“Irregular power supply is the main hindrance we, the Maroi Nakuppi farmers, are facing in our business venture nowadays. Success in such sort of farming entirely depends on regular irrigation. Water irrigated from the Iril river with help of a water pump make survive the plants. Regular power supply is must to operate the water pump, however, electricity department is providing Power for only two hours (7am to 9am) in the morning and three hours (2pm to 5 pm) in the evening daily. I have to spray water when power comes. To meet the need of the plants, as an alternative back-up, I spend extra expenditure on buying diesel to operate the water pump during load shedding or prolong power failure. If the power supply is regular, It will be a boon to the farmers who always persist to cultivate more products”, said Nabachandra while appealing the Government for regular power supply in farmers’ interest.
Organic manures give an additional food value while concerning health
Nabachandra, who has been running the business for about five years, presently employs local people by paying daily wages to support him in the farming activities comprises transplanting the Nurseries, cutting of the matured Garlic chives and water sprinkling etc. Organic manures such as poultry wastes, locally known as Yenthi, cow-dung, decayed Rice husk etc. are the manures he used for his Garlic chives farming. These organic manures are collected from the nearby local rice-mills, Poultry sheds etc. One loaded truck of rice husk mixed with poultry waste costs Rs.3000. Rice husk, poultry waste considered to be useless and thrown away in past have now been made a useful organic manure since the coming out of many Maroi Nakuppi farmers in Top Moirangkampu area.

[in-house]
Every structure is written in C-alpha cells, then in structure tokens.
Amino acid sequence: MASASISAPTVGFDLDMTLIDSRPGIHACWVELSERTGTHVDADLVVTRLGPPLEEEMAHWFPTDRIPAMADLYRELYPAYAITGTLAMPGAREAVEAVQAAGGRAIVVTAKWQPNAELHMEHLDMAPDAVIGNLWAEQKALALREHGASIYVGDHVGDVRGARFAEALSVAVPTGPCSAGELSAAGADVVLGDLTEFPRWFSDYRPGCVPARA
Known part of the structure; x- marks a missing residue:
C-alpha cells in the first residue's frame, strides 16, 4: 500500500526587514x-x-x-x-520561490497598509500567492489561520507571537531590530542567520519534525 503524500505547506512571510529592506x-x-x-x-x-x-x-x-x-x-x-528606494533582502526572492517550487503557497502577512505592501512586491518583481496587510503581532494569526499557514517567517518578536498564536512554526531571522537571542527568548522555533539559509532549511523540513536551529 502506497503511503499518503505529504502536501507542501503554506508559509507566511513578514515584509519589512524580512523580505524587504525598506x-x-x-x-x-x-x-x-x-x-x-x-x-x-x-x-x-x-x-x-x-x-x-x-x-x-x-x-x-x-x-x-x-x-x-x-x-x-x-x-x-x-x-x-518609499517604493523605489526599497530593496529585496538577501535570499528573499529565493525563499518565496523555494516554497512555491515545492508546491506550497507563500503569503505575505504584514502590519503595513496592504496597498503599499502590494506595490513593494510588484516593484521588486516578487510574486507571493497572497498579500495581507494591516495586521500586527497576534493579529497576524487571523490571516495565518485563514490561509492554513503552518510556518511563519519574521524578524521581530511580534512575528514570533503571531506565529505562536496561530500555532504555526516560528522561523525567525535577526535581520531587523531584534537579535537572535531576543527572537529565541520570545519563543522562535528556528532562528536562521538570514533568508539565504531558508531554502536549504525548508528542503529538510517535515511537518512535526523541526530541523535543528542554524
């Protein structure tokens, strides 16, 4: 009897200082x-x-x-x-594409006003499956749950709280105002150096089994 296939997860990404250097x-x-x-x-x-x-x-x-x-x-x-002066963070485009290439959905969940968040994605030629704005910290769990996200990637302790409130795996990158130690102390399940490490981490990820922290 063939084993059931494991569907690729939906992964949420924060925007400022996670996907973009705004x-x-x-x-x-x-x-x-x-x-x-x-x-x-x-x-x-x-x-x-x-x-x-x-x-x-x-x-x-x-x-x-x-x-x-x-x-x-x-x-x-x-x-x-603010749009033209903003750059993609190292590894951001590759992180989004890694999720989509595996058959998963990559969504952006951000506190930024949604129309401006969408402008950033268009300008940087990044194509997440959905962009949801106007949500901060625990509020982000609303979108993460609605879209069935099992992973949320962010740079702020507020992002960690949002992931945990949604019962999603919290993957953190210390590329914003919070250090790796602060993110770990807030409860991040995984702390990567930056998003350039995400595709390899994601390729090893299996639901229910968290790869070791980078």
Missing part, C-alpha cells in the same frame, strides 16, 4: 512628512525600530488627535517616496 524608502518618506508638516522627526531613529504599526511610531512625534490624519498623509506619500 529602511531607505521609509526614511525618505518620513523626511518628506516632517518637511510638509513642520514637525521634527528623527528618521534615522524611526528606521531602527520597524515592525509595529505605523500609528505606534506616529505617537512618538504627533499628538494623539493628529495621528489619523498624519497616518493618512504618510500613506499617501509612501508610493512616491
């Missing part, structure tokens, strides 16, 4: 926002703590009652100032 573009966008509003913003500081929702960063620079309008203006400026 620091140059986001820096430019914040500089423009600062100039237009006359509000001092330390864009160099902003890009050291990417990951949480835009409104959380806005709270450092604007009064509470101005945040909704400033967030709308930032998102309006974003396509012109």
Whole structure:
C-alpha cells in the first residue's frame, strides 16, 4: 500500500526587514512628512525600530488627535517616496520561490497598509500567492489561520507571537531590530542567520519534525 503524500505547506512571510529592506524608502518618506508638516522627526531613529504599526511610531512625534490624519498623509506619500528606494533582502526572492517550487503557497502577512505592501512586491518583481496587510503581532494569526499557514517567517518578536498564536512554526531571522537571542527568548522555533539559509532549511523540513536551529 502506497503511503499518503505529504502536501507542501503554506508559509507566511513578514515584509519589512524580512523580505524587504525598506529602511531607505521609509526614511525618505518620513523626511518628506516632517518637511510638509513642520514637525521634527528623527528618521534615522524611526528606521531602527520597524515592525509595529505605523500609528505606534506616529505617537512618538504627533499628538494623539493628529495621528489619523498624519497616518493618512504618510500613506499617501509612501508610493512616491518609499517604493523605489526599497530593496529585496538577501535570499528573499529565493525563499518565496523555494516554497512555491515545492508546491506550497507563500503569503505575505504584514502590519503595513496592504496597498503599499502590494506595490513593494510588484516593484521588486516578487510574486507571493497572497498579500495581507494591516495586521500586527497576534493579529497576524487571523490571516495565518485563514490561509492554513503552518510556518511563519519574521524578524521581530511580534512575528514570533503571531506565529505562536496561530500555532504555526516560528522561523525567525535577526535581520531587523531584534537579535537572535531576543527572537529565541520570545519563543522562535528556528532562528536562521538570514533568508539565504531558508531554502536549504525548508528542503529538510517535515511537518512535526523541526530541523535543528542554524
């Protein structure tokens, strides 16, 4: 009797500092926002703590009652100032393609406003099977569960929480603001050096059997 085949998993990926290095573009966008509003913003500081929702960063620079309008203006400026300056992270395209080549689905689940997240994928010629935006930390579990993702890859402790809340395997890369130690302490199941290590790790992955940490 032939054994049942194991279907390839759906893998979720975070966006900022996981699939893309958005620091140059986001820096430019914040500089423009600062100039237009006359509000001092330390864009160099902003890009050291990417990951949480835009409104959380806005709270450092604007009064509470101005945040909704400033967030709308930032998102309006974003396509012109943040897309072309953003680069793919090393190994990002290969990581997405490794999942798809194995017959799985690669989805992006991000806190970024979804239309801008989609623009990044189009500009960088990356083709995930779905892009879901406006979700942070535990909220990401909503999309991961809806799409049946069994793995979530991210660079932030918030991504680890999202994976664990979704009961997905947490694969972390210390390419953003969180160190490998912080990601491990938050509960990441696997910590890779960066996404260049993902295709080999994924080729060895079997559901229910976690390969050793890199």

Production and transportation
Farming on Maroi Nakuppi turns up to be a good business and has a last long prospects since it is widely used and preferred by most people in view of its medicinal value. One row (feidom) of the field provide about 30/40 bundles of Maroi nakuppi. About 150 to 200 bundles of ‘Maroi Nakuppi’ are produced daily in average. Each bundle is sold at Rs. 20 to 30 wholesale rates in the local market through different women vendors. The bundles of Maroi Nakuppi are transported from his farm upto khwairamband keithel by a TATA Di. By his business, he got satisfy and has been able to make a profit to sustain his family and others’.